A common complaint among school kids who don't want to learn their math is that it's not important in the real world. While there is a lot of theory in math, a growing body of researchers are proving this notion wrong by applying math in some surprisingly relevant ways.
Take for example Dr. Carlos Castillo-Chavez , a leading mathematical biologist. His work involves using math to predict the spread of diseases like influenza and HIV.
Castillo-Chavez, who has degrees from UWM, UW-Madison, and UW-Stevens Point, and is now a professor at Arizona State University, is also at the forefront of efforts to diversify the pool of students going into math and science fields. He recently gave the annual Marden Lecture in Mathematics at UWM.
He hopes that students will be inspired to pursue mathematics because of his groundbreaking work - and his unusual journey into the field.
Castillo-Chavez once worked at a cheese factory in Merrill, Wis., but he soon found himself disenchanted with the cheese business and was determined to go to college. He gained admittance to UW-Stevens Point, and years later, he found he needed just $400 to complete his studies. But Financial Aid kept rejecting his requests.
In a math version of the Cinderella story, Castillo-Chavez happened to bump into the school's Chancellor, Lee Dreyfus, who would later become governor of Wisconsin. Dreyfus was impressed by Castillo-Chavez, though appalled when he learned of the student's situation. A call from the chancellor to Financial Aid secured the funding Castillo-Chavez needed and helped him get to where he is today.
Access to education
Castillo-Chavez's story explains why he is so passionate about educational access for all students. Castillo-Chavez says a lot of progress has been made for minorities and women students, but there are still hurdles for them. Castillo-Chavez, who immigrated to America from Mexico, has firsthand experience and wants those hurdles to be torn down.
He taught at Cornell University for 18 years, but now teaches at Arizona State University. He tries to give the same level of educational quality at Arizona State that he did while at Cornell.
“[Ivy league universities] educate a very small percentage/group of the population,” Castillo-Chavez says. “The majority of Americans do not go to these institutions and they need to have access to these institutions where the kinds of intellectual opportunities and challenges are identical.”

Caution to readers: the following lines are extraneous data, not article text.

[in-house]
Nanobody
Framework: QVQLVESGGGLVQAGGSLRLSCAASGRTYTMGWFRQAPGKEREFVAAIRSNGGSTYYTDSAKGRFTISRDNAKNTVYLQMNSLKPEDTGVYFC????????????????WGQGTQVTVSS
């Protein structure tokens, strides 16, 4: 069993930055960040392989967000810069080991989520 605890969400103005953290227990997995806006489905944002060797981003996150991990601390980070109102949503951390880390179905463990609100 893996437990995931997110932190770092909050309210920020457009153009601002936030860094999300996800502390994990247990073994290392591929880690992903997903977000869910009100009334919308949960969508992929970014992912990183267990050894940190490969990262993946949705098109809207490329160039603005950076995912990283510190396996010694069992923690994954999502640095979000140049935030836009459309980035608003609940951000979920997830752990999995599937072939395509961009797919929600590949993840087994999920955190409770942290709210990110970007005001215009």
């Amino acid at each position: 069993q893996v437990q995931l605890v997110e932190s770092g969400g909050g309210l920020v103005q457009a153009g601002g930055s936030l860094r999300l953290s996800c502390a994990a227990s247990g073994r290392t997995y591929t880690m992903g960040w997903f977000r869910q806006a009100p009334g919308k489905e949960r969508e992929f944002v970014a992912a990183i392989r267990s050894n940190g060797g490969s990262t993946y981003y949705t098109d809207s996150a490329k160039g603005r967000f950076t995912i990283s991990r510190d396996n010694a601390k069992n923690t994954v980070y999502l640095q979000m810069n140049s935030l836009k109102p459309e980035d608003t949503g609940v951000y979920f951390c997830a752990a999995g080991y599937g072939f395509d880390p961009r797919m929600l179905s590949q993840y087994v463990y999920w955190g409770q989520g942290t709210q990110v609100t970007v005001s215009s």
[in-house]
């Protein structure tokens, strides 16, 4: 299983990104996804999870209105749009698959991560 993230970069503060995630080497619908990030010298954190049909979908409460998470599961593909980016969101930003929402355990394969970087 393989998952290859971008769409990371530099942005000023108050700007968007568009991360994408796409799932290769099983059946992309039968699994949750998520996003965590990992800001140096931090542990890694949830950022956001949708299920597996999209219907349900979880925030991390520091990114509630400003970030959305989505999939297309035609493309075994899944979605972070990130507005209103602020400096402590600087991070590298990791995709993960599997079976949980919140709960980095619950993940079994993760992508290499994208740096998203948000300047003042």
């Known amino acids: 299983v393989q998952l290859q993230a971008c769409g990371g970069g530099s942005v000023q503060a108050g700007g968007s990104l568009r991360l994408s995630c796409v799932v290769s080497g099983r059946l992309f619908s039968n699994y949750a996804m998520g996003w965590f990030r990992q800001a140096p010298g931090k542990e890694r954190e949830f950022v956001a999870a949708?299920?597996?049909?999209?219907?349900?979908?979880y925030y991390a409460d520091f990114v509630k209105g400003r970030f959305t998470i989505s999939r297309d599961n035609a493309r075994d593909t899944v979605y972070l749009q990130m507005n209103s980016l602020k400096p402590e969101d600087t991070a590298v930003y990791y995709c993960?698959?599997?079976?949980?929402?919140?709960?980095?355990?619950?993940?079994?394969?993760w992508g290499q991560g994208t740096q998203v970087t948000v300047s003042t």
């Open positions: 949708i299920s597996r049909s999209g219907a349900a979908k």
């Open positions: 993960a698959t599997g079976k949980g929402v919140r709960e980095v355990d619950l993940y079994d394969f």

In addition to providing quality education, Castillo-Chavez says universities should also provide students the opportunity to be involved in state of the art research that will make an impact on society.
“The faculty of these institutions should be engaged also in research that improves the states, improves the country, and has much more impact than some others that other institutions should engage in,” says Castillo-Chavez.
Math and disease
In his research, Castillo-Chavez has found a mathematical correlation that explains how diseases spread. He says math could actually be used to decrease the numbers of those sickened by spreading disease.
“You use mathematics to try to extrapolate to a high level of complexity,” Castillo-Chavez says. “If we understand this interaction between individuals, how would these relate at the level of the city, state, or country?”
Interdisciplinary research is key to this study. By working at the university level, he is able to collaborate with other departments to bring together many different perspectives and a variety of expertise.
That's why Castillo-Chavez says more minds must have access to university-level education. One day, they might contribute to such out-of-the-box research.